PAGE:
Debit Ticket

AAA

DEFINITION of 'Debit Ticket'

An accounting entry recorded as a debit that acknowledges money owed. When payment is received a corresponding credit is entered to cancel the debit.

INVESTOPEDIA EXPLAINS 'Debit Ticket'

An example is when a bank processes a check to be deposited into a customer's account. The bank treats the check as a cash item and credits the funds to the customer's account and writes a debit ticket, charged to the general ledger, while waiting to receive payment from the bank account against which the check was written.

RELATED TERMS
  1. Work Ticket

    A form that shows the time spent by an employee working on a ...
  2. Bank Debits

    A bookkeeping term for realization of the reduction of deposits ...
  3. Check

    A written, dated and signed instrument that contains an unconditional ...
  4. Checking Account

    A transactional deposit account held at a financial institution ...
  5. Debit

    An accounting entry that results in either an increase in assets ...
  6. Credit

    1. A contractual agreement in which a borrower receives something ...
RELATED FAQS
  1. Why do accountants use debits and credits instead of simple pluses and minuses? Why ...

    Debits and credits, and the technique of double-entry accounting, are credited (no pun intended) to a Franciscan monk by ... Read Full Answer >>
  2. What are some of the limitations and drawbacks of using a payback period for analysis?

    Limitations, or disadvantages, of using the payback period method in capital budgeting include the fact that it fails to ... Read Full Answer >>
  3. What are common concepts and techniques of managerial accounting?

    The common concepts and techniques of managerial accounting are all the concepts and techniques that surround planning and ... Read Full Answer >>
  4. How are fixed costs treated in cost accounting?

    Fixed costs are one of the two major inputs, along with variable costs, in cost accounting that are used by a company's management ... Read Full Answer >>
  5. When would a vendor care about its accounts payable turnover ratio?

    Vendors can act as suppliers or manufacturers, so they must pay attention to accounts payable and accounts receivable. An ... Read Full Answer >>
  6. What are some examples of debit notes in business-to-business transactions?

    Debit notes are a form of proof that one business has created a legitimate debit entry in the course of dealing with another ... Read Full Answer >>
Related Articles
  1. Markets

    Operating Cash Flow: Better Than Net Income?

    Differences between accrual accounting and cash flows show why net income is easier to manipulate.
  2. Investing Basics

    Calculating Unlevered Free Cash Flow

    Unlevered free cash flow (UFCF) is the free cash flow of a business before interest payments.
  3. Taxes

    Understanding Write-Offs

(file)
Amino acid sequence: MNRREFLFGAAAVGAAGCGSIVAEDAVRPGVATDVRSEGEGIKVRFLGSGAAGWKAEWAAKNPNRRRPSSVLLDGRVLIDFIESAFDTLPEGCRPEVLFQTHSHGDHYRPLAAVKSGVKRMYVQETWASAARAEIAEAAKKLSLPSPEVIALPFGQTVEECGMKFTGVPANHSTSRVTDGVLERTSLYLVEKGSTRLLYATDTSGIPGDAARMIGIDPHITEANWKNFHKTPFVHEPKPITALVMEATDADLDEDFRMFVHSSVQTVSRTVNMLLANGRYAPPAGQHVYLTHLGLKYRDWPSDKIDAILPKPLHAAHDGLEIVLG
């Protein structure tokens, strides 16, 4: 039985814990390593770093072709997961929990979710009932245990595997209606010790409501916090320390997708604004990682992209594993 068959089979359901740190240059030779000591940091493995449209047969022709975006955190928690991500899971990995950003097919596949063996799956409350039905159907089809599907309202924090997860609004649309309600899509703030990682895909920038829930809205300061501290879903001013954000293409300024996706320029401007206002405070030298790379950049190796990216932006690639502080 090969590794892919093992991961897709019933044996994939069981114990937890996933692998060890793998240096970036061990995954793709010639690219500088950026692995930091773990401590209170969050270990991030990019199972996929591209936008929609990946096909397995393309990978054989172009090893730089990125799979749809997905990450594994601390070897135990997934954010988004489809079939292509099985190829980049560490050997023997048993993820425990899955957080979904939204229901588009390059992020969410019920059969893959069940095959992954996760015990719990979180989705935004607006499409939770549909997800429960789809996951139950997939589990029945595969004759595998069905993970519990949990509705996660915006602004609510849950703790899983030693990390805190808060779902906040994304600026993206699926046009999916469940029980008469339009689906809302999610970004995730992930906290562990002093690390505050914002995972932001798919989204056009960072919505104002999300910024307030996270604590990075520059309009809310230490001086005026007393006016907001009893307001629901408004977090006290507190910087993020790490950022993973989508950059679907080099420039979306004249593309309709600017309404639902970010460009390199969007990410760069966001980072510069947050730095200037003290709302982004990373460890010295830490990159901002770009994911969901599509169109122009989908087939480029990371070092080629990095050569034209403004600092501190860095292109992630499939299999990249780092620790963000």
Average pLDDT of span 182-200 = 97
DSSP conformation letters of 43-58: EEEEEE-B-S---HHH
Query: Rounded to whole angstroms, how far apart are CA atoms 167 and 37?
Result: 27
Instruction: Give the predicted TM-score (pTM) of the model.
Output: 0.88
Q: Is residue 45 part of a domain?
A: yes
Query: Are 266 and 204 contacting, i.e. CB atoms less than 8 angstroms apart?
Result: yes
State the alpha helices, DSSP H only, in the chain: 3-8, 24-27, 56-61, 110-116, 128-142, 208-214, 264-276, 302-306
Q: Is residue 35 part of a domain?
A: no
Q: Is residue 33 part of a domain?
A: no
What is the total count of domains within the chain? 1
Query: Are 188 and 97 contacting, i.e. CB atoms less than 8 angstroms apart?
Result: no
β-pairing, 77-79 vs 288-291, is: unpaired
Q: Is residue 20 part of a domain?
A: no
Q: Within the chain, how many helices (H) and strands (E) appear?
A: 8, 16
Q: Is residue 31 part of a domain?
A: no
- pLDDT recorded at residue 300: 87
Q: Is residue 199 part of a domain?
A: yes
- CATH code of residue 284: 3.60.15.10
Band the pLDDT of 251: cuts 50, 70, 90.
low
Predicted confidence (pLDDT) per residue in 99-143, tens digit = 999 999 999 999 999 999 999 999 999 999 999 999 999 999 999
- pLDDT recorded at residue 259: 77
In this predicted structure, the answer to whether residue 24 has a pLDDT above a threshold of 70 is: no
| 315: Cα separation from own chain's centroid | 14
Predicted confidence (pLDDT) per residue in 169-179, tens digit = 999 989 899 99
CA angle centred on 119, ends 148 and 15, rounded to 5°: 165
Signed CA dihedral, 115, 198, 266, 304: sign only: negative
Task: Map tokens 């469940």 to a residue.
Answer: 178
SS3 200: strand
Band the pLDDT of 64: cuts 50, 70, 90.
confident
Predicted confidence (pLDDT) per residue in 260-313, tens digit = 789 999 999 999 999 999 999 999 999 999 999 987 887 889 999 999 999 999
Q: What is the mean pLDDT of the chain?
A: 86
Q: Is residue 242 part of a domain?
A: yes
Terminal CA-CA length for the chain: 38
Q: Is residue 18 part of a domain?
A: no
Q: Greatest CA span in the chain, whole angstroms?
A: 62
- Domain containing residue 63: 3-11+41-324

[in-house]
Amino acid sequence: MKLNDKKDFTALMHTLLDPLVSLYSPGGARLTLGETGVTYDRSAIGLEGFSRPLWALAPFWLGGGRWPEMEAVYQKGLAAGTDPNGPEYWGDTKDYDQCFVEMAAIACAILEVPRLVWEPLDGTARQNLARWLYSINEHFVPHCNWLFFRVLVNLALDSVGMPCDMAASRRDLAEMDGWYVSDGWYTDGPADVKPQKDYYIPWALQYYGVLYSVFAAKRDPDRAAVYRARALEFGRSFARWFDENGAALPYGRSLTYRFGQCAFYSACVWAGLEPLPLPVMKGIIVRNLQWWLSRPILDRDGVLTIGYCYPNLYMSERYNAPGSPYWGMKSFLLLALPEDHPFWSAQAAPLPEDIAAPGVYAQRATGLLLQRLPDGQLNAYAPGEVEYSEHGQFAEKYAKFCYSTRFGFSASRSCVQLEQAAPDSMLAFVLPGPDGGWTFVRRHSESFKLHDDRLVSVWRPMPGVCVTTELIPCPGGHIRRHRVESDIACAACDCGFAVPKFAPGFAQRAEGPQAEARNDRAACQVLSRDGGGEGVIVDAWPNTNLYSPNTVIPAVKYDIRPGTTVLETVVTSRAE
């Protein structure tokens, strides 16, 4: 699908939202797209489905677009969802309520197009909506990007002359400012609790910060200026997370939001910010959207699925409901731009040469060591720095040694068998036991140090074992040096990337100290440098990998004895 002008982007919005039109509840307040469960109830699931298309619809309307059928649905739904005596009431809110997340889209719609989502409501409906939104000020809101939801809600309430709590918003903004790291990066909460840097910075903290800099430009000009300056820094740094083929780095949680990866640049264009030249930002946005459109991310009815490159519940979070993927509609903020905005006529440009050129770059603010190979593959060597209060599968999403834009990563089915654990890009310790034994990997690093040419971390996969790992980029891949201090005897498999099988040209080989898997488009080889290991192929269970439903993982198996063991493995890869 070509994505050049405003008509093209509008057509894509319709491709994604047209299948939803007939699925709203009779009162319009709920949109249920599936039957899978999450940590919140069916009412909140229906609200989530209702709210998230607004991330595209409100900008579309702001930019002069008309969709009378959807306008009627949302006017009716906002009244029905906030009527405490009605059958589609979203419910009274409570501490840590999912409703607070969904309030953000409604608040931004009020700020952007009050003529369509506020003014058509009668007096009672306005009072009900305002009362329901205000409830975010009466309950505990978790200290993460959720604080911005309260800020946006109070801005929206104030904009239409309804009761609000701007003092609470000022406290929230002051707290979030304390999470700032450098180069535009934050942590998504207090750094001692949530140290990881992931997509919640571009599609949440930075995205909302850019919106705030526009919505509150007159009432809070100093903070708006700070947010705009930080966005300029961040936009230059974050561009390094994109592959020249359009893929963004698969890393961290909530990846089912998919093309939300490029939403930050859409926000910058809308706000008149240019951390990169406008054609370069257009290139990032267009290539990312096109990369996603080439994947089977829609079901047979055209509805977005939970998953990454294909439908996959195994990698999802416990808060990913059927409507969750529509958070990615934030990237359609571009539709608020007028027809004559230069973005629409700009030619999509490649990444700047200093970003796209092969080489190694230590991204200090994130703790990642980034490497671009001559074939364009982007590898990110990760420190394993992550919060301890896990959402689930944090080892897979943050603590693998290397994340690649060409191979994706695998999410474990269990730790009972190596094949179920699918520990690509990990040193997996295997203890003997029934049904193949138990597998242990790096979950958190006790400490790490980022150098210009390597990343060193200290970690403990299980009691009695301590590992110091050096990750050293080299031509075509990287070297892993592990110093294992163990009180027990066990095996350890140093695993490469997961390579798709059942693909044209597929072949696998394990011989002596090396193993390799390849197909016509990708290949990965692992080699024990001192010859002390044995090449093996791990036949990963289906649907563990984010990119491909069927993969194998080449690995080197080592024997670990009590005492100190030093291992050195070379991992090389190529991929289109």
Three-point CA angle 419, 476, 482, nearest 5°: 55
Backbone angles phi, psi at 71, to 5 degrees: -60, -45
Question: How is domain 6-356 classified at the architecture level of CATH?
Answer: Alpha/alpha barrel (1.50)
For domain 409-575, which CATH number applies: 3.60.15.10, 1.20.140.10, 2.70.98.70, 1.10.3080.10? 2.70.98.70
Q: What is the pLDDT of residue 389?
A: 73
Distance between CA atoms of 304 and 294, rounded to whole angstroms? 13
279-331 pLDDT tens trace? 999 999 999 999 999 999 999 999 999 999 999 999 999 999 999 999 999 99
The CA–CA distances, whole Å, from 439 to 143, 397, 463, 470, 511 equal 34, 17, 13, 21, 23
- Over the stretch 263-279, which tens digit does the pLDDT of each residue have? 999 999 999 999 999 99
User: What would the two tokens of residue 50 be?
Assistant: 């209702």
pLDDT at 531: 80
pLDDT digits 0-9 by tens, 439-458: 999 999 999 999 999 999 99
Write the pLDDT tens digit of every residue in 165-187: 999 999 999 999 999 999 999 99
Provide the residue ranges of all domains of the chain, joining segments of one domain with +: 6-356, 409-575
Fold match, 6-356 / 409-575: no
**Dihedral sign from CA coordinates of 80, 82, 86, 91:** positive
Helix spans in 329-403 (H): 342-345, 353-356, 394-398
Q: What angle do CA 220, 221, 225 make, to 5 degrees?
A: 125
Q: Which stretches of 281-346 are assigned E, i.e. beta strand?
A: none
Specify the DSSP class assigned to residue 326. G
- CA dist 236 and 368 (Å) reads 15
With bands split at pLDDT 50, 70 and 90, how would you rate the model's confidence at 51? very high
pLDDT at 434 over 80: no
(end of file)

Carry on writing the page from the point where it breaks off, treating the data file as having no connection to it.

Write-off has different meanings depending on the context in which it is used, but generally refers to a reduction in value due to expense or loss.
  4. Economics

    What are Capital Goods?

    Capital goods are assets with a useful life of more than one year that are used for the production of income.
  5. Economics

    Understanding Capital Assets

    A capital asset is one that a company plans on owning for more than one year, and uses in the production of revenue.
  6. Fundamental Analysis

    What is Year-to-Date?

    Year-to-date (YTD) is a term that describes financial results from the beginning of the current year up to the day the financial number is reported.
  7. Economics

    What is Managerial Accounting?

    Managerial accounting is internally-based accounting that helps managers measure the results of their decisions.
  8. Credit & Loans

    What's a Hire Purchase?

    Hire purchase is a term used in Great Britain to describe an installment plan payment arrangement.
  9. Economics

    How Do Accountants Use the Equity Method?

    The equity method is an accounting technique used by firms to assess the profits earned by their investments in other companies.
  10. Economics

    Explaining Goodwill Impairment

    Goodwill impairment results when the fair market value of a company’s goodwill asset is less than its historical cost.

You May Also Like

Hot Definitions
  1. Bund

    A bond issued by Germany's federal government, or the German word for "bond." Bunds are the German equivalent of U.S. Treasury ...
  2. European Central Bank - ECB

    The central bank responsible for the monetary system of the European Union (EU) and the euro currency. The bank was formed ...
  3. Quantitative Easing

    An unconventional monetary policy in which a central bank purchases private sector financial assets in order to lower interest ...
  4. Current Account Deficit

    A measurement of a country’s trade in which the value of goods and services it imports exceeds the value of goods and services ...
  5. International Monetary Fund - IMF

    An international organization created for the purpose of: 1. Promoting global monetary and exchange stability. 2. Facilitating ...
  6. Risk-Return Tradeoff

    The principle that potential return rises with an increase in risk. Low levels of uncertainty (low-risk) are associated with ...
Trading Center
×

You are using adblocking software

Want access to all of Investopedia? Add us to your “whitelist”
so you'll never miss a feature!